To the House of Representatives:
I am today returning, without my approval, H.R. 14225, the Rehabilitation Act and Randolph-Sheppard Act Amendments of 1974, and the White House Conference on Handicapped Individuals Act. I am advised by the Attorney General and I have determined that the absence of my signature from this bill prevents it from becoming law. Without in any way qualifying this determination, I am also returning it without my approval to those designated by Congress to receive messages at this time.
The Vocational Rehabilitation Amendments of 1974 pose some fundamental issues which far transcend this particular bill. No group in our country is more in need of supportive services than the Handicapped. Our handicapped citizens have demonstrated time and again that, given a fair break, they can lead as full and productive lives as other citizens.
Throughout my years in Congress I consistently supported good Federal programs designed to assist the handicapped.
During the last two years spending on the basic grant programs for Vocational Rehabilitation has grown from $589 million to $680 million. The key issue posed by this bill is not how much money will be spent. The issue posed is how well the programs will be run.
This bill passed the House of Representatives without any hearings. Had hearings been held we would have explained the disruption that would result from such a massive legislative incursion into the administration of a program.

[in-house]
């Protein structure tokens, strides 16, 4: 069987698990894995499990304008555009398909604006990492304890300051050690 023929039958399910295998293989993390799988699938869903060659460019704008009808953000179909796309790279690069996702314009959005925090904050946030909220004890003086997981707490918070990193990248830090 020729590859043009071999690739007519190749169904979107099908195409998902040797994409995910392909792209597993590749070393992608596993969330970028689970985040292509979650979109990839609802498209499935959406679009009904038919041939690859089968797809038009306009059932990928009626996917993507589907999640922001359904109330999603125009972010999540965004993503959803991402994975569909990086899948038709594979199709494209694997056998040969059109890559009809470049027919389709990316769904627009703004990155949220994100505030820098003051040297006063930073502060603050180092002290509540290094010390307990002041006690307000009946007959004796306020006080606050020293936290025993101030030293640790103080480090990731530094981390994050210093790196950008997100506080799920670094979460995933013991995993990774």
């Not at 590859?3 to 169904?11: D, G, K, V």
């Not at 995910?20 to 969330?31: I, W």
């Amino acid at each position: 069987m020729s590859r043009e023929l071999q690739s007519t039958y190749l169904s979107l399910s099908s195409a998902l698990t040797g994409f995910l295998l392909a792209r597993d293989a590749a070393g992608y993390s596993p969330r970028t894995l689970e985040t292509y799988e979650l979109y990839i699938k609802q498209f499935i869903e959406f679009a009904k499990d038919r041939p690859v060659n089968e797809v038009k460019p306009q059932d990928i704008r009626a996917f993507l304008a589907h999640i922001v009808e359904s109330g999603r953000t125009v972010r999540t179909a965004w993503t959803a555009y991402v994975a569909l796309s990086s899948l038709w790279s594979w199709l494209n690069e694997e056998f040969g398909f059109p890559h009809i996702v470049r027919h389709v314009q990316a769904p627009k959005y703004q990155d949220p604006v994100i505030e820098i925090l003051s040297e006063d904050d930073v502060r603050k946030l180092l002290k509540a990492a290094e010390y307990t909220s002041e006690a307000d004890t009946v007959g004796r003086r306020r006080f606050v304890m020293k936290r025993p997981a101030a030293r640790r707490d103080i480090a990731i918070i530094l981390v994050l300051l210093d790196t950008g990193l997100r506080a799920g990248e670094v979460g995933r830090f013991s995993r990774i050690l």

The Congress has the responsibility to legislate, but I have the responsibility for the successful administration of the programs they enact. This bill is an attempt to administer through legislation. It transfers a program from one part of HEW to another for no good reason--indeed for very bad reasons. It dictates where in HEW minute decisions must be made, it creates independent organizational units at subordinate levels that are wasteful and duplicative and it sets up a monitoring process for the construction and modernization of Federal facilities that would force me to create a new 250-man bureaucracy in HEW to duplicate functions carried out elsewhere in the Executive Branch. Most importantly, the bill blurs accountability. I cannot be responsible for the good management of all Federal programs if I cannot hold my Cabinet Secretaries accountable. Under this legislation accountability would be diffused. I find myself obliged to return to the Congress unsigned a bill that would disrupt existing Federal programs and ill serve the needs of our Nation's handicapped citizens. The present Vocational Rehabilitation legislation does not expire until mid 1975. Plenty of time remains for us to work out a bill which will improve Federal Programs for the handicapped rauher than create the disruptions that will inevitably result from this hastily drawn piece of legislation. I have requested HEW Secretary Weinberger to meet with congressional leaders immediately upon their return to initiate this process.
GERALD R. FORD
The White House,
October 29, 1974.